1932 Thomas (Socialist), Foster (Communist), Harvey (Liberty), Reynolds (Socialist Labor), Coxey (Farmer-Labor) 2.73%

1928 Thomas (Socialist), Foster (Communist), Reynolds (Socialist Labor), Webb (Farmer-Labor) 0.94%

1924 LaFollette (Progressive), Foster (Communist), Johns (Socialist Labor), Wallace (Commonwealth Land) 16.85%

1920 Debs (Socialist), Christiansen (Farmer-Labor), Cox (Socialist Labor), Macauley (Single Tax) 4.54%

1916 Benson (Socialist), Reimer (Socialist Labor) 3.27%

1912 Debs (Socialist), Reimer (Socialist Labor) 6.18%

1908 Debs (Socialist), Gillhaus (Socialist Labor) 2.92%

1904 Debs (Socialist), Corregan (Socialist Labor) 3.23%

1900 Debs (Socialist), Barker (Populist), Maloney (Socialist Labor), Ellis (United Reform) 1.32%

1896 Matchett (Socialist Labor). Note: Populists nominate Democrat W. J. Bryan this year. 0.26%

1892 Weaver (Populist), Wing (Socialist Labor) 8.69%

1888 Streeter (Union Labor), Cowdrey (United Labor), Socialist Labor Party electors unpledged to a candidate 1.34%

1884 Butler (Greenback) 1.33%

1880 Weaver (Greenback) 3.32%

1876 Cooper (Greenback) 0.99%

1856-1872 No left-of-center candidacies got ballot access and obtained more than 0.01% of the vote.

1852 Hale (Free Soil) 4.93%

1848 Van Buren (Free Soil), Smith (National Liberty) 10.22%

1844 Birney (Liberty) 2.30%

1840 Birney (Liberty) 0.31%

1789-1836 No left-of-center candidacies got ballot access and obtained more than 0.01% of the vote.

Methodology of this chart

Deciding who to include and exclude from this chart involved judgment calls. I tried to include all candidates who were generally left of center, that is, left of the bourgeois consensus or left of the two major parties in a given era. I included everyone from left-liberals and populists to candidates of small left organizations who may be considered sectarian (or even cultish in a couple of cases) by some of my readers. I only included those candidates / parties that received at least 0.01% of the vote.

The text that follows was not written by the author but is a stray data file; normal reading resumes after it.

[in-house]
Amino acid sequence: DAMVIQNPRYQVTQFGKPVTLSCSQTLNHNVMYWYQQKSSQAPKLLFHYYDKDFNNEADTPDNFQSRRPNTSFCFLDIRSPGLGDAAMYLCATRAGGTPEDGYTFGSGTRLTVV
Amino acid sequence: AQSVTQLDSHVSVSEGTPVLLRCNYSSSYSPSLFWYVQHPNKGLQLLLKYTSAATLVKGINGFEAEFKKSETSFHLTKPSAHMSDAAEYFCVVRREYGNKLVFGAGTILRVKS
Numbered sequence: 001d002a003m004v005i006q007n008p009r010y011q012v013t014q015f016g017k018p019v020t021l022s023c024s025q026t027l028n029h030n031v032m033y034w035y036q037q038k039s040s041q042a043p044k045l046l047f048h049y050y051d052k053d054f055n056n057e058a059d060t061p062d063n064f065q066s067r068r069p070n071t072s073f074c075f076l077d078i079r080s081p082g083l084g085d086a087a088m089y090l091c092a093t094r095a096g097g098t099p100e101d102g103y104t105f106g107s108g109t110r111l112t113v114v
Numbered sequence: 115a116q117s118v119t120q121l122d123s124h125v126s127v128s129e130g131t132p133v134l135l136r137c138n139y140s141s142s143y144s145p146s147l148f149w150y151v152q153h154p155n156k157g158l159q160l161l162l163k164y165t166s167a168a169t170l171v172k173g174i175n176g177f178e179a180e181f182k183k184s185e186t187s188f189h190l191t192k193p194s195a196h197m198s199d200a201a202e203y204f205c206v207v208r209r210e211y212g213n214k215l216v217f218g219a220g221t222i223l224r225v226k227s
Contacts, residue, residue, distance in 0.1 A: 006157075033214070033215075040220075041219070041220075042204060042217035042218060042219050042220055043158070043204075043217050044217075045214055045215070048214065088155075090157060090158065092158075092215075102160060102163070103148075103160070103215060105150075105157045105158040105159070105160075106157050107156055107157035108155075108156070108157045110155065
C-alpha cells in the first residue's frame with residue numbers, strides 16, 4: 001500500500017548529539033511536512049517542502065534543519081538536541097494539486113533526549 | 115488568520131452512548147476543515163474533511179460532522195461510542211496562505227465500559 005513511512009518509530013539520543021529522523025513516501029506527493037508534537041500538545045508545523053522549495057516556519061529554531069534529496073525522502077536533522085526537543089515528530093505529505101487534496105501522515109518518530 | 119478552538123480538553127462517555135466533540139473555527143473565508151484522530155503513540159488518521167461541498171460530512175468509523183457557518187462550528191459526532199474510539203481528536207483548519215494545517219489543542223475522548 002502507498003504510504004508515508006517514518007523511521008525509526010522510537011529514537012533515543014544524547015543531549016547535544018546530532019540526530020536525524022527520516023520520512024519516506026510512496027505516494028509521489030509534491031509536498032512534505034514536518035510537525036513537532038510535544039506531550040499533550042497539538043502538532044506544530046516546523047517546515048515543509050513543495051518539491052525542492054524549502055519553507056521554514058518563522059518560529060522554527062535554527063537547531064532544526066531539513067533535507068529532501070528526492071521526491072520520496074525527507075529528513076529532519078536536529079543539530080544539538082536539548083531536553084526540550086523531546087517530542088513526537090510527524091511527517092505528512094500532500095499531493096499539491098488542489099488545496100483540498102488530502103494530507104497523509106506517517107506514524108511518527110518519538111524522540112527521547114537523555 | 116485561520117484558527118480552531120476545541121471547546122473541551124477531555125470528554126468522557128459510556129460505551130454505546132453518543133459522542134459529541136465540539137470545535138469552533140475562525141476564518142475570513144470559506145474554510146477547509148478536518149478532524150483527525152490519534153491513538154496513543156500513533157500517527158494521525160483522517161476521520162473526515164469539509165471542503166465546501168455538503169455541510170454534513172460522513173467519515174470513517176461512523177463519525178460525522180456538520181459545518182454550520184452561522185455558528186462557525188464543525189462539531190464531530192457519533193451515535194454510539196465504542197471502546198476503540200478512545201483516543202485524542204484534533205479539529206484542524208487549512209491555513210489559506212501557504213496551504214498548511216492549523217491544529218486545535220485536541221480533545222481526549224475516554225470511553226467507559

For the purposes of this chart, I don’t care how healthy these parties were, just that their candidates were espousing left-of-center views semi-consistently. I did not include Lyndon LaRouche, whose origins are on the left but whose ideology by the time of his presidential runs was not clearly left-of-center. (I’d consider LaRouche’s ideology to be corporatist, capitalist, and tending towards a paranoid form of Bonapartism or Caudillismo, perhaps with some qualities that hearken back to Huey Long or Father Coughlin within US political history. Others consider him to be semi-fascist, due to apparent anti-semitism and attacks on the left.)

Speaking of Long and Coughlin, I did include the 1936 Union Party, after some hesitation, since it at least posited itself as a populist wing of the New Deal. And I included a couple of candidates who received small numbers of votes based on a platform articulating some kind of slightly left-of-center-leaning reform, like the 1932 Liberty Party or the Single Tax / Commonwealth Party of 1920 and 1924.

I wasn’t sure how far back to take this exercise. In different ways Eugene McCarthy, the Peace and Freedom Party, Henry Wallace, and finally Debs are the antecedents of the contemporary third party / left celebrity presidential campaign. Even LaFollette’s run, the most successful in history for a left-of-center candidate in these terms, seem to belong to a fundamentally different era with a different language and social base. Nevertheless, the People’s Party of the 1890s and the Greenback Party before that represented real antecedents to Debs, and to some extent provided a milieu from which the Socialist Party then departed.